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Ancestors experts David Rencher and Irene Johnson talk about the genealogical significance of Family Bibles.
If you're fortunate enough to come from a family with an old Bible that's been passed down through the generations, you know how much information can be
contained in the family pages within them. Often presented as a wedding gift, a well-maintained family Bible, will provide a treasure trove of birth, marriage
and death information, family relationships, and perhaps other genealogical tidbits about your ancestors, usually in the handwriting of one or more of them.
Even if you can't locate the original details, it may be possible to find Bible records
recorded elsewhere, such as in the collections of genealogical and historical societies. Having these details in hand makes it much easier for you to locate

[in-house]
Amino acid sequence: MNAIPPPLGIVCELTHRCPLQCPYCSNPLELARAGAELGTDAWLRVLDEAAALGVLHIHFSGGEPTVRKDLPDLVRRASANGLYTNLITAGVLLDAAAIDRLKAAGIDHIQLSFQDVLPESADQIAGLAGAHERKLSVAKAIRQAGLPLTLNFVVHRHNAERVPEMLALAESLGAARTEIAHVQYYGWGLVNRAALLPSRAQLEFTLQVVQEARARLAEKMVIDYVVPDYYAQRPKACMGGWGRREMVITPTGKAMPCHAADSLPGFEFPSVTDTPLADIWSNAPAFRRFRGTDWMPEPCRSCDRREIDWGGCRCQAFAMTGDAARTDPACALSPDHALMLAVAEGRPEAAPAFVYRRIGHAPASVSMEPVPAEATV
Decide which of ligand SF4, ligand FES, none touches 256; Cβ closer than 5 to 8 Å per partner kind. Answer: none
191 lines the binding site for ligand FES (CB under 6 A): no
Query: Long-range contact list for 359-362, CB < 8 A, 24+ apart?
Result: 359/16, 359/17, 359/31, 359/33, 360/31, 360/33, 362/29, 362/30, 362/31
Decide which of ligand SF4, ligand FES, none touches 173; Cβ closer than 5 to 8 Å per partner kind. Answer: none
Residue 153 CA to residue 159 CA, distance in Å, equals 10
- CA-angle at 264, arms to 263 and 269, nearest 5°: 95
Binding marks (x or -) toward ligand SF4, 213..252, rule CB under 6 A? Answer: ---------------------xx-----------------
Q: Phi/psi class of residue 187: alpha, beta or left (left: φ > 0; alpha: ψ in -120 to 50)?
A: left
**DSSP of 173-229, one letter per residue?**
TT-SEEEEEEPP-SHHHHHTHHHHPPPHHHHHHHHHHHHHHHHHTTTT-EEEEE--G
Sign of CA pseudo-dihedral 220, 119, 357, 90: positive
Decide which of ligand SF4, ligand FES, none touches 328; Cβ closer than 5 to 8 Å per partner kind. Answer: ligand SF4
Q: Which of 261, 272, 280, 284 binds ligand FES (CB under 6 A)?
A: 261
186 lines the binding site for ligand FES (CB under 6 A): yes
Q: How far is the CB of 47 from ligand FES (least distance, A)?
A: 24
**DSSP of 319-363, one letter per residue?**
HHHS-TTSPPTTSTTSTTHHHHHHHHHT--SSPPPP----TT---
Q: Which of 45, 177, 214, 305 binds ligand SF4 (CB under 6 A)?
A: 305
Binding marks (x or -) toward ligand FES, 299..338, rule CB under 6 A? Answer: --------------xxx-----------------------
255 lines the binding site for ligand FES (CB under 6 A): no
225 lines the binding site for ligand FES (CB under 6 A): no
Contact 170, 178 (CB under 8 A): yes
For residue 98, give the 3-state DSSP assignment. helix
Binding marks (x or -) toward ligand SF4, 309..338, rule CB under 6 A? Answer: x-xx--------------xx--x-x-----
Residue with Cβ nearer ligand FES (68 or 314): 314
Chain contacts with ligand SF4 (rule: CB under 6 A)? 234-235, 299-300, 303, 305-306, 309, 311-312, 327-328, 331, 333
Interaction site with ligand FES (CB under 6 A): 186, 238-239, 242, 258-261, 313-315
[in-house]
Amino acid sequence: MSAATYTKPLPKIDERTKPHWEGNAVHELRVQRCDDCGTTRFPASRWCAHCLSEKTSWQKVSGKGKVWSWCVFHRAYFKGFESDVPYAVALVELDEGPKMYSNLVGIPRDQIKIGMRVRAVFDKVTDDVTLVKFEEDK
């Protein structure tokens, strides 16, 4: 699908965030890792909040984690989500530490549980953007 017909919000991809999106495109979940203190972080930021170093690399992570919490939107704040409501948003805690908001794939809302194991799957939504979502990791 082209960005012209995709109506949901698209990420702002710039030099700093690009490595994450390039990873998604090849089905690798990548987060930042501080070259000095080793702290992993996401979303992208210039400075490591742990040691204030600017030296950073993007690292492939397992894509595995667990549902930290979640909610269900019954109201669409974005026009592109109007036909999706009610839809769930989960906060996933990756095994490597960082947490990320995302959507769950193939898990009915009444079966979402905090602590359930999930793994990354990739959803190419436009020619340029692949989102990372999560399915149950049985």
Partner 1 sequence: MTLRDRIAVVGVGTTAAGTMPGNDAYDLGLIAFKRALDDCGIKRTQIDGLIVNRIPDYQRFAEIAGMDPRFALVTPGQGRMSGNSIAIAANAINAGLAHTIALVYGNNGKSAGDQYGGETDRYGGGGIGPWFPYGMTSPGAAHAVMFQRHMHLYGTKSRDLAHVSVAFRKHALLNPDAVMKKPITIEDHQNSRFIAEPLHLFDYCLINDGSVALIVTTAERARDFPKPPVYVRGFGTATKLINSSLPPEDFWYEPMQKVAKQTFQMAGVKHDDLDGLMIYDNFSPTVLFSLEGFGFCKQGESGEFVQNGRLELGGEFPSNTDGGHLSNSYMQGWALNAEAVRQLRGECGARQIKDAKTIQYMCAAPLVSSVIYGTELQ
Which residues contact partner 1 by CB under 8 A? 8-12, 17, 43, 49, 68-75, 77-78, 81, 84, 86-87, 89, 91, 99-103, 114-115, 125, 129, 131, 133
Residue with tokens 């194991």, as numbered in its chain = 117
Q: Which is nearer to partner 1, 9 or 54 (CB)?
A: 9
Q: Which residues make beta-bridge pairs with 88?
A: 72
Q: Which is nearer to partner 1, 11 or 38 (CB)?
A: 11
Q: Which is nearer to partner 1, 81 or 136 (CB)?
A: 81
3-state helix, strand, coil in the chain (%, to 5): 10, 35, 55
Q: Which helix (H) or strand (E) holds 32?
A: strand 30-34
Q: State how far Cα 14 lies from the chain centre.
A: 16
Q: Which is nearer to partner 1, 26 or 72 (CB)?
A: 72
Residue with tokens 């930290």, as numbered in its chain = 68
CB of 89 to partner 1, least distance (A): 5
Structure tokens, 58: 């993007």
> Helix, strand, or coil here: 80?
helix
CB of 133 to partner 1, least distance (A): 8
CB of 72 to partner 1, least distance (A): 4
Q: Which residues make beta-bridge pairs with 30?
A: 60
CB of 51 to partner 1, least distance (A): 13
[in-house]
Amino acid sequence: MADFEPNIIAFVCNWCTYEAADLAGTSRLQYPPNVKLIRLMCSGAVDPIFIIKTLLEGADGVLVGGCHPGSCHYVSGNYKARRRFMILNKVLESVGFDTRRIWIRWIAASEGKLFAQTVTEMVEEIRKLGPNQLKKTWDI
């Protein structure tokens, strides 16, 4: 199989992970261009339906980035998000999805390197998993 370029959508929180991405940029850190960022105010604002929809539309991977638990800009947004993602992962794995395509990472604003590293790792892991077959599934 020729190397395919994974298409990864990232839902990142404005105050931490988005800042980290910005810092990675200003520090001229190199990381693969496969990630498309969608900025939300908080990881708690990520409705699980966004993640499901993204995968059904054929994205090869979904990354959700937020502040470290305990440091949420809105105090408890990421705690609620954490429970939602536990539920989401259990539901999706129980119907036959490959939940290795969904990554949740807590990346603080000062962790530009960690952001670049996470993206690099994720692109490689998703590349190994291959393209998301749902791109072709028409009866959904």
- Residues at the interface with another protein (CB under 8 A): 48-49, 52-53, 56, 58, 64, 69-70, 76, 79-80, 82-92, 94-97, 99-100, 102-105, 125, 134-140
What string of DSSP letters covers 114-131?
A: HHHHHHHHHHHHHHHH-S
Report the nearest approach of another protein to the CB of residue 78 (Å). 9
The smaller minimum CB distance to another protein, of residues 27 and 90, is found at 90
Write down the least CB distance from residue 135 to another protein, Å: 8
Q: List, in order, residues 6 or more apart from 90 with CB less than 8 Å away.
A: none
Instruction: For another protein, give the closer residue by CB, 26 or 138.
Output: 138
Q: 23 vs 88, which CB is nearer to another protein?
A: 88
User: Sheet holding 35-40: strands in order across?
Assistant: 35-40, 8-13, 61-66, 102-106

the official vital records or perhaps religious records which will
substantiate these life events.
Even if you don't know of a family Bible, or have only heard rumors of the existence of one, it's worth a little detective work to see if you can locate one.
Often, they have been passed down through maternal lines and now reside with someone who doesn't even know how they are connected to the people listed in the
Bible. In some cases, they have been sold to antiques stores or flea markets. Try tracing your lines forward in time to find living descendants who might know
of a family Bible or take advantage of some websites that help rescue old Bibles and other memorabilia and get them back
into the right hands. For a few success stories, see "The Traveling Bible," "An Honest Broker," and "Bi-Coastal Bible" in In Search of Our Ancestors.